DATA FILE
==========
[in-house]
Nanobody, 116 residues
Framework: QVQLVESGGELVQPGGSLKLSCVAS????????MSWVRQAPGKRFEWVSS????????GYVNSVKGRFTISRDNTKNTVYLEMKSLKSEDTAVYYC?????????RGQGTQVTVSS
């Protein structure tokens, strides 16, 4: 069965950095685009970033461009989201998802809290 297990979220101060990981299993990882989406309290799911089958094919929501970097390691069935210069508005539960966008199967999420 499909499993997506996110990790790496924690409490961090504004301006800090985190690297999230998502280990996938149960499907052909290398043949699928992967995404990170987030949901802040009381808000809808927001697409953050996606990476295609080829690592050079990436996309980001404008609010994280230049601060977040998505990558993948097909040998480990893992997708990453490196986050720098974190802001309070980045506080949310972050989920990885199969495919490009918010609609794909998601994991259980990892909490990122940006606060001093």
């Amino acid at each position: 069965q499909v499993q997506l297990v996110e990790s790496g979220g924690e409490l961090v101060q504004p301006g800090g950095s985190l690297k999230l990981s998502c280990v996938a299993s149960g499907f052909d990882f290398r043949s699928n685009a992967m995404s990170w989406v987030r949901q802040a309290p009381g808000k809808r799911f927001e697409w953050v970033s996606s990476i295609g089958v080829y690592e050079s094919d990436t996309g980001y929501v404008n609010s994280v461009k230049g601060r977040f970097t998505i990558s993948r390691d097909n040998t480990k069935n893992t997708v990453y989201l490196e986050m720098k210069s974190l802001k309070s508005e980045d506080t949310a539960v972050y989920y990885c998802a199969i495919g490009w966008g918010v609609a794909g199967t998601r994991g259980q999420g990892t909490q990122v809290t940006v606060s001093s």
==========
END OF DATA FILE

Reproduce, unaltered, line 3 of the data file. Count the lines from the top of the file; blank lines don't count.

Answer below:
Framework: QVQLVESGGELVQPGGSLKLSCVAS????????MSWVRQAPGKRFEWVSS????????GYVNSVKGRFTISRDNTKNTVYLEMKSLKSEDTAVYYC?????????RGQGTQVTVSS